In part 2, we’ll look at variations on the breakeven formula and analysis.
For example, what if you sell multiple products? This quite likely with a typical small business.
The first thing you need to figure out is your “sales mix.”
Sales mix is the amount of sales of each product you sell.
Your fixed costs are $52,000. You have 3 products with the following sales prices and variable costs:
|Product X||Product Y||Product Z|
|Percent of Sales||20%||30%||50%|
From here, you need to determine your “weighted average sales price.” This is not as hard or ominous as it sounds!
- Product X sells for $100 and makes up 20% of your sales. $100 x 20% = $20
- Product Y sells for $50 and makes up 30% of your sales. $50 x 30% = $15
- Product Z sells for $30 and makes up 50% of your sales. $30 x 50% = $15
- $20 + $15 + $15 = $50
Your weighted average sales price is $50.
Then, we use the same process to calculate our weighted average variable costs.
- Product X: $50 x 20% = $10
- Product Y: $30 x 30% = $9
- Product Z: $10 x 50% = $5
- $10 + $9 + $5 = $24
Your weighted average variable cost is $24.
Now it’s a matter of using the basic breakeven formula.
Average sales price of $50 – Average variable cost of $24 = $26 contribution margin.
Fixed costs are $52,000. $52,000 / $26 contribution margin = 2,000 units
You’ll need to sell 2,000 units at your sales mix percentage in order to break even.
- Product X: 2,000 x 20% = 400 units
- Product Y: 2,000 x 30% = 600 units
- Product Z: 2,000 x 50% = 1,000 units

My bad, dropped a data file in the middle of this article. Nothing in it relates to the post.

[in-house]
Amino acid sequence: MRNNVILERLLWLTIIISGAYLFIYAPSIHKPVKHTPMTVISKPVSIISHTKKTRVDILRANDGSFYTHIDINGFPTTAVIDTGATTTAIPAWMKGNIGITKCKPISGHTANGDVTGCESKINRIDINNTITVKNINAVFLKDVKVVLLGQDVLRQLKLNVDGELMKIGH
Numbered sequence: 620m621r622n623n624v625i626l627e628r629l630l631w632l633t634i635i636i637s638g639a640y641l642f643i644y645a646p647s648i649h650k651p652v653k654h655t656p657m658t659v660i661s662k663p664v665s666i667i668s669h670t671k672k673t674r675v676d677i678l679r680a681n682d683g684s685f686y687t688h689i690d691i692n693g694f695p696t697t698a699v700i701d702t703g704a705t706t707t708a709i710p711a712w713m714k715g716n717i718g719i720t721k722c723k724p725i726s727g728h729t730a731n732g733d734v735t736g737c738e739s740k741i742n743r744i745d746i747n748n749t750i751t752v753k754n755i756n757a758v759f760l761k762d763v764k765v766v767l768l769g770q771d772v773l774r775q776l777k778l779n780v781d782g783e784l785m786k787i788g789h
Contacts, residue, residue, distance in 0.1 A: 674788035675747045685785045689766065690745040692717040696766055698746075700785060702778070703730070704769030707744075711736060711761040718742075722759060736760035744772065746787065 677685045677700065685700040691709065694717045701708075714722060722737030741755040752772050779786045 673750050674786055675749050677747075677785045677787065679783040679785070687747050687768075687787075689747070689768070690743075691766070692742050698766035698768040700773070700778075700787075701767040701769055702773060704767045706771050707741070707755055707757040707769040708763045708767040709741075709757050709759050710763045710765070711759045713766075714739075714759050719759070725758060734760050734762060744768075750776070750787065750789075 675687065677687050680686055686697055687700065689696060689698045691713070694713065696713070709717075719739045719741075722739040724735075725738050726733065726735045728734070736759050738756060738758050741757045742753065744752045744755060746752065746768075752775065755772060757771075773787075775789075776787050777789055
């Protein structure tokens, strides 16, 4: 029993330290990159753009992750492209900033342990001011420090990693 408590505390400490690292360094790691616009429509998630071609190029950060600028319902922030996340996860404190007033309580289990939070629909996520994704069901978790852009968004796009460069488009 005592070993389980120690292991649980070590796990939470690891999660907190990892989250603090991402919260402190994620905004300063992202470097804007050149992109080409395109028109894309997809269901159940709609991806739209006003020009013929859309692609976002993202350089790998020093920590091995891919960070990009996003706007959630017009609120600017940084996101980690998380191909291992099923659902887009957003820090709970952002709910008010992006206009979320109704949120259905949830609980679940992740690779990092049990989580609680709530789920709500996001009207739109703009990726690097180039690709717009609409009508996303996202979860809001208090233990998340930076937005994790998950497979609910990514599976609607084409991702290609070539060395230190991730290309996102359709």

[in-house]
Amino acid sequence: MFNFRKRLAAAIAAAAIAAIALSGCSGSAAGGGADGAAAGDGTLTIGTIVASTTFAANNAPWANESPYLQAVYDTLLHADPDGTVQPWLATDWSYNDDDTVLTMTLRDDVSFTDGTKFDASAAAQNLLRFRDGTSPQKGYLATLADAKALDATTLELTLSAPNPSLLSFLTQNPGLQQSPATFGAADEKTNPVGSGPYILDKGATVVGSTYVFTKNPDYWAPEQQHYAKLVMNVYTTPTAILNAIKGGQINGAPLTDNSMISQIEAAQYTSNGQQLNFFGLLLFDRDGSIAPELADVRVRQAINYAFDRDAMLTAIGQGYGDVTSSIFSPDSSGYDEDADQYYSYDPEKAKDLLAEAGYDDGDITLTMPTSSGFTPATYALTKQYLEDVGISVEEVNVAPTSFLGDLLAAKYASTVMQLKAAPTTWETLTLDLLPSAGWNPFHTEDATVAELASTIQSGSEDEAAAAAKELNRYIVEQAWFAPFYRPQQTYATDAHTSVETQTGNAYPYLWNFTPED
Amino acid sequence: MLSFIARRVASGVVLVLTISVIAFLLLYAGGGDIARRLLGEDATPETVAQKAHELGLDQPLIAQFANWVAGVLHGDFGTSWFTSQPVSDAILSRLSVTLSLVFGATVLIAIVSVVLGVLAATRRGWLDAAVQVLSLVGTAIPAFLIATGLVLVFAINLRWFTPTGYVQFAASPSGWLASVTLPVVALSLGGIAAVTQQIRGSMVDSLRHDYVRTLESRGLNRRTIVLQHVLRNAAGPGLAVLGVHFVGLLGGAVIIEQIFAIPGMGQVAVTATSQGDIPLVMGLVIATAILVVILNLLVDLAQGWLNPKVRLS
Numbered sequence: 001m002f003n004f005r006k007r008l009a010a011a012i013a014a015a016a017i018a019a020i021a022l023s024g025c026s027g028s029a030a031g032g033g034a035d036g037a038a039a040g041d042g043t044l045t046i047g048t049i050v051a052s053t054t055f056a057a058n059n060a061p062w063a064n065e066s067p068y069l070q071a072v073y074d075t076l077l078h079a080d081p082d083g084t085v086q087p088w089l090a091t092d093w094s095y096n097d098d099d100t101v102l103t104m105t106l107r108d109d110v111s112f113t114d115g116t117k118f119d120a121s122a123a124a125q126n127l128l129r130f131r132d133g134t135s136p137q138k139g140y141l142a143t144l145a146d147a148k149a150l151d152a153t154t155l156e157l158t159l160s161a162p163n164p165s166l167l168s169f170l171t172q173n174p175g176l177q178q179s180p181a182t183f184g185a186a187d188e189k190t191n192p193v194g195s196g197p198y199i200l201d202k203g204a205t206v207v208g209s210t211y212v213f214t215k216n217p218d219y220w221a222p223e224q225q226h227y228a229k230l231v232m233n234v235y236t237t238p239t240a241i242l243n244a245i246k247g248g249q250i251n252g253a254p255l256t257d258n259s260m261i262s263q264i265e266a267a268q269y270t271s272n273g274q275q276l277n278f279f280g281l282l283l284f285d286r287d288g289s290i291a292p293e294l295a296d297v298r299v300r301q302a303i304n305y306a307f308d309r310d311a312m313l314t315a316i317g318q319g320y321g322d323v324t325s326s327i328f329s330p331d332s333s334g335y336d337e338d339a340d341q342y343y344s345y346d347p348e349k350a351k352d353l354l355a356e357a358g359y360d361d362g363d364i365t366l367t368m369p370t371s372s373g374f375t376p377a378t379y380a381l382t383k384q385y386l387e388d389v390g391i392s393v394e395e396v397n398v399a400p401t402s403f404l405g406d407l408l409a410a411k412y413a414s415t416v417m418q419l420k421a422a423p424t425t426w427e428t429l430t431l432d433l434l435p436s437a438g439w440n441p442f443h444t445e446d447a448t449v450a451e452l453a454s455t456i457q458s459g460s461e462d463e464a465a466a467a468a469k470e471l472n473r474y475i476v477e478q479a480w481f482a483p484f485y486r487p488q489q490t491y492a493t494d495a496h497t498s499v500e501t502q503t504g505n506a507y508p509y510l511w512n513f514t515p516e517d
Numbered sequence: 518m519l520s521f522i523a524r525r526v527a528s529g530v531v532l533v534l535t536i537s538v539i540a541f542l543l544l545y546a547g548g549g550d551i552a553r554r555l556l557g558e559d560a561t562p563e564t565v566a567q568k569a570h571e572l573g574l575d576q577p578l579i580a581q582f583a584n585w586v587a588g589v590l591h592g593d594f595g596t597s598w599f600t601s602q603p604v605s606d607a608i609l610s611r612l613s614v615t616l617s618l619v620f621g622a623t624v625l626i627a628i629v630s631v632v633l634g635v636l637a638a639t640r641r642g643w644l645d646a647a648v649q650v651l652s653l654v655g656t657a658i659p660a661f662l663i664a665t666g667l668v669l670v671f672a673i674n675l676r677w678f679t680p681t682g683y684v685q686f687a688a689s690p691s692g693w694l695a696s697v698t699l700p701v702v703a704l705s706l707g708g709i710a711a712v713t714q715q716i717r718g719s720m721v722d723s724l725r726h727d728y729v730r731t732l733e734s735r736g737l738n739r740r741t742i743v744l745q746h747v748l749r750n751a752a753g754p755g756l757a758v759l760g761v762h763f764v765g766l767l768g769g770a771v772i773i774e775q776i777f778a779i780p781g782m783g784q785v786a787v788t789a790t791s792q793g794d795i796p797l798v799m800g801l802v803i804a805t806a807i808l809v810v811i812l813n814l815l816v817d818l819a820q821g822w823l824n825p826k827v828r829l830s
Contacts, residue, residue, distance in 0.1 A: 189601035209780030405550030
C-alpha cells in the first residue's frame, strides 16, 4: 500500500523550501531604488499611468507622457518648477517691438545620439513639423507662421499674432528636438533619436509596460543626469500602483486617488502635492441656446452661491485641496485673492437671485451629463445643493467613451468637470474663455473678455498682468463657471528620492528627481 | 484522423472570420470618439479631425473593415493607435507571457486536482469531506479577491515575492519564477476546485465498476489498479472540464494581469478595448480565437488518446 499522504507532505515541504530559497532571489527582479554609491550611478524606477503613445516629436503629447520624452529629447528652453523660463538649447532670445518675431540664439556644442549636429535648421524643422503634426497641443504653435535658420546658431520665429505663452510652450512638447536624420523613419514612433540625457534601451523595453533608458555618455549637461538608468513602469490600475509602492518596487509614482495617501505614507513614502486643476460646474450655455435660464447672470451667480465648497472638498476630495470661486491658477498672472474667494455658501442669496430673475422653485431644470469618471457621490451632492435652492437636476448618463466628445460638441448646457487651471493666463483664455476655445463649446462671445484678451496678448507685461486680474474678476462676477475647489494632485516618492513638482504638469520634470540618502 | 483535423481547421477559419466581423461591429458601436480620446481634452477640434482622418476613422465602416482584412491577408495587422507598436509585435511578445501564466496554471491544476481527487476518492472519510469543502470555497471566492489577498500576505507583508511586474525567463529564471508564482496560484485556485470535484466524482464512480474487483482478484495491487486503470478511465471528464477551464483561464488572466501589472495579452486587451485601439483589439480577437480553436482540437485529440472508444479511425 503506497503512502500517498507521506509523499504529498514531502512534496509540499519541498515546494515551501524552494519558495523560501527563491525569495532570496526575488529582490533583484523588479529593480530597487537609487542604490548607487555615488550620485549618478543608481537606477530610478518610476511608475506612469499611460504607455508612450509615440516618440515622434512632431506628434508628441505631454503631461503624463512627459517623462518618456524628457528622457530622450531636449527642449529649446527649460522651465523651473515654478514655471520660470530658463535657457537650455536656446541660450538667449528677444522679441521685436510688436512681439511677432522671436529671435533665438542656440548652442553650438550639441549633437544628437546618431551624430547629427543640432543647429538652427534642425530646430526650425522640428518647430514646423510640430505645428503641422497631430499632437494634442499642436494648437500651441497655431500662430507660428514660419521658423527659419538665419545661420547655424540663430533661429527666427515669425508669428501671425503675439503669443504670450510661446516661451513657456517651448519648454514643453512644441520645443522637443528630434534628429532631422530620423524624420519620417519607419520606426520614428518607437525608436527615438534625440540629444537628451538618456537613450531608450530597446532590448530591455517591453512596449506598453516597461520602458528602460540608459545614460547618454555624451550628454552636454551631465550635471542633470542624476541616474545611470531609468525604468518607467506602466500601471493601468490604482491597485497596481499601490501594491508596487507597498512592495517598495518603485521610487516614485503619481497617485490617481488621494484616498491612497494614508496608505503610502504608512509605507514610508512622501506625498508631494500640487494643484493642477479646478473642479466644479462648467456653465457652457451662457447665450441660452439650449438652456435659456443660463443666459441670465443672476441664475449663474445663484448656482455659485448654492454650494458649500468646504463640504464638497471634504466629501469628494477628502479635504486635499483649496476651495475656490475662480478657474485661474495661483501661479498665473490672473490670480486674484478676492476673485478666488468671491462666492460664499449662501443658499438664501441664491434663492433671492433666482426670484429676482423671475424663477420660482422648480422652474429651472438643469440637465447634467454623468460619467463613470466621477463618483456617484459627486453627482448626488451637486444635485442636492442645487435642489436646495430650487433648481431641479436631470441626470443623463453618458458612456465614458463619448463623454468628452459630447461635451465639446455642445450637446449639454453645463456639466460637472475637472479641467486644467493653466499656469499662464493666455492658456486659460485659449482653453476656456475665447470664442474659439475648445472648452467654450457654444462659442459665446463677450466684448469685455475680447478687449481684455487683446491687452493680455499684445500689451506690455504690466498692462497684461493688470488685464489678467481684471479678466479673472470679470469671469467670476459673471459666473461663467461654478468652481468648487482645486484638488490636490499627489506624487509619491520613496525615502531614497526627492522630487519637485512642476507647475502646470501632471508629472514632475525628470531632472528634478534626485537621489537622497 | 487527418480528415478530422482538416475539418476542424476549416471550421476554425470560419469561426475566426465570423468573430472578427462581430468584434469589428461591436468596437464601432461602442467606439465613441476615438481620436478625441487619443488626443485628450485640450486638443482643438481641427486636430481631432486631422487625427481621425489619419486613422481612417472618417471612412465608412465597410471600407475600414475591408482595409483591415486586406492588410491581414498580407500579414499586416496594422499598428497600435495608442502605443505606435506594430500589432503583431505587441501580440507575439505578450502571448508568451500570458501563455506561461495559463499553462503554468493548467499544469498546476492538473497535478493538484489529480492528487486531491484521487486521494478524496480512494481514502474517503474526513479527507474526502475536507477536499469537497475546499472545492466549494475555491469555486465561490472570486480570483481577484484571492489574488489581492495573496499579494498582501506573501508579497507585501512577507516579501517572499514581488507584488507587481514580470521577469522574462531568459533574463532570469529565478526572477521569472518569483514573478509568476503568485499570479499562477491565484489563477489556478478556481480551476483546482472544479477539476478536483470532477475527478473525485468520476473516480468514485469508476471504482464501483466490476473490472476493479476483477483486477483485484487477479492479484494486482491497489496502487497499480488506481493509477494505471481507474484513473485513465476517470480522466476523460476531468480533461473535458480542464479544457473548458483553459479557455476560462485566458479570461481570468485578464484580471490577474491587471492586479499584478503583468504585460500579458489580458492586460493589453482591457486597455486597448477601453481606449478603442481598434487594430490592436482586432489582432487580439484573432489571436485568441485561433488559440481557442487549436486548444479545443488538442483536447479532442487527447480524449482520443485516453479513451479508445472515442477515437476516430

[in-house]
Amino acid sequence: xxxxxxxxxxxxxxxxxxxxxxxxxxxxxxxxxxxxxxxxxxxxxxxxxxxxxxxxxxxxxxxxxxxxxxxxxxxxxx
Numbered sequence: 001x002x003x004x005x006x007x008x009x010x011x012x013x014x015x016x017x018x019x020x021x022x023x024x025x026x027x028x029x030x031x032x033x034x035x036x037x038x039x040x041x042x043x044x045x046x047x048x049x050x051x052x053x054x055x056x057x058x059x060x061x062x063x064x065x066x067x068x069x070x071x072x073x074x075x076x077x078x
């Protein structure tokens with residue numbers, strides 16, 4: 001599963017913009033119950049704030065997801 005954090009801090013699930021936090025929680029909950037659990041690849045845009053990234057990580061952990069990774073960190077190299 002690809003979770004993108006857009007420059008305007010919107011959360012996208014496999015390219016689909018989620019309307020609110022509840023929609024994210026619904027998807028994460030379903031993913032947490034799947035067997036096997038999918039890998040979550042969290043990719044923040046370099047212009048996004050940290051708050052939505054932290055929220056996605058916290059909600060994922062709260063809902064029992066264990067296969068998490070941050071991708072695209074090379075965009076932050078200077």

If we sell each product at these levels, you’ll break even.
The problem with this (and with breakeven analysis in general) is if your sales mix varies at all, it throws off the entire calculation.
Breakeven analysis is not an exact science, especially for a small business that probably doesn’t have the resources to run this calculation with high precision.
I tell people that this is still an important exercise to go through so you get a general idea of how much you need to be selling, and how much you need to charge, so you can at least break even and hopefully turn a profit.
And of course, a good accountant can help with this analysis.
Image courtesy of user stevepb on Pixabay.com
“This blog post, along with comments that may follow, should not be considered tax advice. Before you make final tax or financial decisions, please secure a professional tax advisor to give you advice about your unique situation. To secure Jason as your accountant, please click on the ‘Services’ link at the top of the page.”